A business/traditional telephone system is any of a range of a multiline telephone systems typically used in business environments, encompassing systems ranging from small key systems to large scale private branch. A business telephone system differs from simply using a telephone with multiple lines in that the lines used are accessible from multiple telephones, or “stations” in the system, and that such a system often provides additional features related to call handling. Business telephone systems are often broadly classified into “key systems”, “hybrid systems”, and “private branch exchanges”.

A key system was originally distinguished from a private branch exchange (PBX) in that it allowed the station user to see and control the calls directly, manually, using lighted line buttons, while a private branch exchange operated in a manner similar to the public telephone system, in that the calls were routed to the correct destination by being dialed directly. Technologically, private branch exchanges share lineage with central office telephone systems, and in larger or more complex systems, may rival a central office in capacity and features.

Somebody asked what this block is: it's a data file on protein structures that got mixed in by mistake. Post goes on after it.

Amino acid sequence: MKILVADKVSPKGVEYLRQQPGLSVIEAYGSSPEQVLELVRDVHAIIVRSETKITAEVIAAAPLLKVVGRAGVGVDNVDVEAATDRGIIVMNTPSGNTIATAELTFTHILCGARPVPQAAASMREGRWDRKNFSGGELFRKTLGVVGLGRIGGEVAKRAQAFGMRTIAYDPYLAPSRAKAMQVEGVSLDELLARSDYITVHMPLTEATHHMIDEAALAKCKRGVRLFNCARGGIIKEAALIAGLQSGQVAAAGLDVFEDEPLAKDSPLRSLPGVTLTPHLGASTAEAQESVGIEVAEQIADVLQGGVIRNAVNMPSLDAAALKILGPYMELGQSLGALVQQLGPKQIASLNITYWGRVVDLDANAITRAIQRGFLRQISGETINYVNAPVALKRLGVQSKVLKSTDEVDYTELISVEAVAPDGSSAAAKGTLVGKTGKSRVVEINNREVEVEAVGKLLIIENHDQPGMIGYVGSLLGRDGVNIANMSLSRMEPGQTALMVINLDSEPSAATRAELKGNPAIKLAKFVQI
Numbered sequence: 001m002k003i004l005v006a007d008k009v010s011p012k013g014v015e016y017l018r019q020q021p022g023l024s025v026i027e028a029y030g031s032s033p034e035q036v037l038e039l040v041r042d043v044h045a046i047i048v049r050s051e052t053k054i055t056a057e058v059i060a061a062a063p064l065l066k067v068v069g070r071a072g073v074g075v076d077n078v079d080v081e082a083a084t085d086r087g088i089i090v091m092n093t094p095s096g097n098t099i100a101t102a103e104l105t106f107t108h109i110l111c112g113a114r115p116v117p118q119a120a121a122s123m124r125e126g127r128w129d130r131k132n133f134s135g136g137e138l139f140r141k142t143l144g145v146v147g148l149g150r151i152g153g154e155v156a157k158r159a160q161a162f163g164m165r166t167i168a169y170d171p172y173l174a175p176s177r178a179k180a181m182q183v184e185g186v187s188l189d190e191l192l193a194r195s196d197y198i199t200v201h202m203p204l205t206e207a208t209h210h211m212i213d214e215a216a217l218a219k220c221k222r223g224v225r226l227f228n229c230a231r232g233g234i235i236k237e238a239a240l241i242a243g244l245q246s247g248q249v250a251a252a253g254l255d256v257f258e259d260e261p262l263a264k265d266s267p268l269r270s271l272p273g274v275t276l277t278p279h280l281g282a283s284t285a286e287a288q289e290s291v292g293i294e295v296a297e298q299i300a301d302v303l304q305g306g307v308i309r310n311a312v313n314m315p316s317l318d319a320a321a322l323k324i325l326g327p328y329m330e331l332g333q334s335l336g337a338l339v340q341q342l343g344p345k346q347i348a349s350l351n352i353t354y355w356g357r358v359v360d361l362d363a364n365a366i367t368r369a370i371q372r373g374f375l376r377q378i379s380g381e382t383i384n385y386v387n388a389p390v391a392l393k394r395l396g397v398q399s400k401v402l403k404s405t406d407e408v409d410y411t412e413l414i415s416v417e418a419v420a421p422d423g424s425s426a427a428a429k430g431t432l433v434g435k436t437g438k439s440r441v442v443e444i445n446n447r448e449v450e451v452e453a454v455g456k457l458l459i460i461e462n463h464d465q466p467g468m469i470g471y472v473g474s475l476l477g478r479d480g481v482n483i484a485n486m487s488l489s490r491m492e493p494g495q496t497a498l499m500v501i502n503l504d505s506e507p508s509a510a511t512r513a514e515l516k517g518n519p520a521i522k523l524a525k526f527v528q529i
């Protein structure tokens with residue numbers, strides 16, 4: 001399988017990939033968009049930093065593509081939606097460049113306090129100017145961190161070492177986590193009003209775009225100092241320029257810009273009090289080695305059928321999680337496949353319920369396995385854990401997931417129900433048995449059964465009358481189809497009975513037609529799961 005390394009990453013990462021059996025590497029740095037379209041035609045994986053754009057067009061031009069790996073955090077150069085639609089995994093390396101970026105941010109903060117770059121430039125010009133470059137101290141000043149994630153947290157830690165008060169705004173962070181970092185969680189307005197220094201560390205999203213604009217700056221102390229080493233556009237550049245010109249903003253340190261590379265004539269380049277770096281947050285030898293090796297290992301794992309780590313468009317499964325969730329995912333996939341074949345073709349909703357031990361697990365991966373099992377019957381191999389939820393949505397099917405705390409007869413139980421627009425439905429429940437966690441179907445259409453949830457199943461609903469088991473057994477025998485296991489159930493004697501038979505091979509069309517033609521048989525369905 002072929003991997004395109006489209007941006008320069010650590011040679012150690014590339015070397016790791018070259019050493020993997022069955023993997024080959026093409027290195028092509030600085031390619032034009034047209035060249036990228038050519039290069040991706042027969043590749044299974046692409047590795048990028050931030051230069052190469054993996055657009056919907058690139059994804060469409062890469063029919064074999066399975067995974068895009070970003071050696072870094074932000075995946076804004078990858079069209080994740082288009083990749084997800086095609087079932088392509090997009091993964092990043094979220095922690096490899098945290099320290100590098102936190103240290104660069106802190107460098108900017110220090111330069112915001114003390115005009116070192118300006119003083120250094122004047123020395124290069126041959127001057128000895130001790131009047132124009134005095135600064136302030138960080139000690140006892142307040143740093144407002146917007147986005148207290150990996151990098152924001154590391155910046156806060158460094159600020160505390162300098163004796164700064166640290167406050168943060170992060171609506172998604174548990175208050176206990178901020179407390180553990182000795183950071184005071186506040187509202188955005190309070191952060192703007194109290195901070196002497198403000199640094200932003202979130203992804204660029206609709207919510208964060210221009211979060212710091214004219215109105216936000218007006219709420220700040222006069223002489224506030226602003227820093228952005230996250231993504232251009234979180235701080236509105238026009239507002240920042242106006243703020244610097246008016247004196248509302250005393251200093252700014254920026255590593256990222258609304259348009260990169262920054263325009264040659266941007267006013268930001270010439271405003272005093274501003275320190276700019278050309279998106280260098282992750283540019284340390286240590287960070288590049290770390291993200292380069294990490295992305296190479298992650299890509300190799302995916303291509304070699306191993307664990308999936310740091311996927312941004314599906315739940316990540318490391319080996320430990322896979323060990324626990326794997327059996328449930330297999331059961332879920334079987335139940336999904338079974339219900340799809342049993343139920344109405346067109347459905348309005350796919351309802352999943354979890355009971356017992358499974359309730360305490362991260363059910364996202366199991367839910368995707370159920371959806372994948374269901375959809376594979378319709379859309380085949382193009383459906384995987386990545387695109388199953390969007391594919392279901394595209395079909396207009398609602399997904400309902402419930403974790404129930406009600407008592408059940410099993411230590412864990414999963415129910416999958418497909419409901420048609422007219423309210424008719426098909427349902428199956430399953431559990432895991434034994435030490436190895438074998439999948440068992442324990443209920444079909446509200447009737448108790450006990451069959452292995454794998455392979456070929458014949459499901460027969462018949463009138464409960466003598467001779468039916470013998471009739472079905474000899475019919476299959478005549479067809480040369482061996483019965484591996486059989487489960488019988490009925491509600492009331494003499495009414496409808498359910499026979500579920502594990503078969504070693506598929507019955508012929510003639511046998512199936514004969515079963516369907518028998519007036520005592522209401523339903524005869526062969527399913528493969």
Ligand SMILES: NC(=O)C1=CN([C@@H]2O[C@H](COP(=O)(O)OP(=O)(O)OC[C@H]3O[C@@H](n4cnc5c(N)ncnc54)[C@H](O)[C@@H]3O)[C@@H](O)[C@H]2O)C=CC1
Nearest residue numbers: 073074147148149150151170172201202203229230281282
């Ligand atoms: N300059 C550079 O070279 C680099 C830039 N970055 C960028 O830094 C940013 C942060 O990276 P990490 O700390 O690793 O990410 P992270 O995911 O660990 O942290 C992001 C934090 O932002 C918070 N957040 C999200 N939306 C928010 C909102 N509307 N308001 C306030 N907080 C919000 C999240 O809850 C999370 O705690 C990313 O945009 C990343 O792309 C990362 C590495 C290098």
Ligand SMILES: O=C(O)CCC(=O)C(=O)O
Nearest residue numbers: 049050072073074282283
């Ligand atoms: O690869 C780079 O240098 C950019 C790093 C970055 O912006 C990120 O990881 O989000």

There is a time and place for traditional phone systems (PBX Systems). In cases where up-time is a necessity, these systems are often used. Traditional phone systems are more costly and complex to setup than a VOIP/IP system due to all the components and maintenance required.

System components

A PBX often includes:

  • The PBX’s internal switching network.
  • Microcontroller or microcomputer for arbitrary data processing, control and logic.
  • Logic cards, switching and control cards, power cards and related devices that facilitate PBX operation.
  • Stations or telephone sets, sometimes called lines.
  • Outside telco trunks/lines that deliver signals to (and carry them from) the PBX.
  • Console or switchboard allows the operator to control incoming calls.
  • Uninterruptible power supply (UPS) consisting of sensors, power switches and batteries.
  • Interconnecting wiring.
  • Cabinets, closets, vaults and other housings.